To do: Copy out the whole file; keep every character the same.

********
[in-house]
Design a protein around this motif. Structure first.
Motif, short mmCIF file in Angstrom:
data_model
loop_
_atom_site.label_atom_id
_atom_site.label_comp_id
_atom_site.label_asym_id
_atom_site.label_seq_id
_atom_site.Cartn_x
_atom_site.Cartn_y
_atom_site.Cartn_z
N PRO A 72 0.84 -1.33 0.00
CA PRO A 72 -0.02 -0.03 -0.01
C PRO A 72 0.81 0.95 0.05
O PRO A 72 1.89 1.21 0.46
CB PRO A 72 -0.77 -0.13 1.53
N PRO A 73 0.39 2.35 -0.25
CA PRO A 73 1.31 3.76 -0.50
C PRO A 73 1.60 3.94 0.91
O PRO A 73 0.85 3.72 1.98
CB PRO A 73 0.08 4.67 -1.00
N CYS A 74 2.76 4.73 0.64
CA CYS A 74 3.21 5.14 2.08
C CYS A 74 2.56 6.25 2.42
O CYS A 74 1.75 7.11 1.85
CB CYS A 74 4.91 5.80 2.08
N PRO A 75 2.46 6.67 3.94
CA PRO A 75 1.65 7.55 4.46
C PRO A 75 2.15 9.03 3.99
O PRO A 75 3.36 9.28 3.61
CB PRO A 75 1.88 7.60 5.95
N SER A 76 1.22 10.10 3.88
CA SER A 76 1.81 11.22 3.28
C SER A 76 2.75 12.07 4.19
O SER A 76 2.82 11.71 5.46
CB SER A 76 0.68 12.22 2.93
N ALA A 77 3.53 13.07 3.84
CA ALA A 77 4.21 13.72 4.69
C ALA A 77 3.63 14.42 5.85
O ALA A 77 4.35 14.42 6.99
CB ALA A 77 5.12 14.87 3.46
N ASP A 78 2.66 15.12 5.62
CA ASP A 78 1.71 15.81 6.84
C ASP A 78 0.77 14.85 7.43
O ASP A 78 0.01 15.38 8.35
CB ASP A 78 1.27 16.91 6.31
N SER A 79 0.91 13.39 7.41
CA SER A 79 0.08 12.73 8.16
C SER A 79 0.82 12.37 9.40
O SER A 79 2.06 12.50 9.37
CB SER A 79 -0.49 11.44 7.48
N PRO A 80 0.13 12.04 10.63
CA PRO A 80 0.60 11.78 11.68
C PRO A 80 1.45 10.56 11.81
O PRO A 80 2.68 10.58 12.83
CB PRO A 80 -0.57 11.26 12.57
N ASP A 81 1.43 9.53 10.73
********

[in-house]
Design a protein around this motif. Structure first.
Motif, short mmCIF file in Angstrom:
data_model
loop_
_atom_site.label_atom_id
_atom_site.label_comp_id
_atom_site.label_asym_id
_atom_site.label_seq_id
_atom_site.Cartn_x
_atom_site.Cartn_y
_atom_site.Cartn_z
N PRO A 72 0.84 -1.33 0.00
CA PRO A 72 -0.02 -0.03 -0.01
C PRO A 72 0.81 0.95 0.05
O PRO A 72 1.89 1.21 0.46
CB PRO A 72 -0.77 -0.13 1.53
N PRO A 73 0.39 2.35 -0.25
CA PRO A 73 1.31 3.76 -0.50
C PRO A 73 1.60 3.94 0.91
O PRO A 73 0.85 3.72 1.98
CB PRO A 73 0.08 4.67 -1.00
N CYS A 74 2.76 4.73 0.64
CA CYS A 74 3.21 5.14 2.08
C CYS A 74 2.56 6.25 2.42
O CYS A 74 1.75 7.11 1.85
CB CYS A 74 4.91 5.80 2.08
N PRO A 75 2.46 6.67 3.94
CA PRO A 75 1.65 7.55 4.46
C PRO A 75 2.15 9.03 3.99
O PRO A 75 3.36 9.28 3.61
CB PRO A 75 1.88 7.60 5.95
N SER A 76 1.22 10.10 3.88
CA SER A 76 1.81 11.22 3.28
C SER A 76 2.75 12.07 4.19
O SER A 76 2.82 11.71 5.46
CB SER A 76 0.68 12.22 2.93
N ALA A 77 3.53 13.07 3.84
CA ALA A 77 4.21 13.72 4.69
C ALA A 77 3.63 14.42 5.85
O ALA A 77 4.35 14.42 6.99
CB ALA A 77 5.12 14.87 3.46
N ASP A 78 2.66 15.12 5.62
CA ASP A 78 1.71 15.81 6.84
C ASP A 78 0.77 14.85 7.43
O ASP A 78 0.01 15.38 8.35
CB ASP A 78 1.27 16.91 6.31
N SER A 79 0.91 13.39 7.41
CA SER A 79 0.08 12.73 8.16
C SER A 79 0.82 12.37 9.40
O SER A 79 2.06 12.50 9.37
CB SER A 79 -0.49 11.44 7.48
N PRO A 80 0.13 12.04 10.63
CA PRO A 80 0.60 11.78 11.68
C PRO A 80 1.45 10.56 11.81
O PRO A 80 2.68 10.58 12.83
CB PRO A 80 -0.57 11.26 12.57
N ASP A 81 1.43 9.53 10.73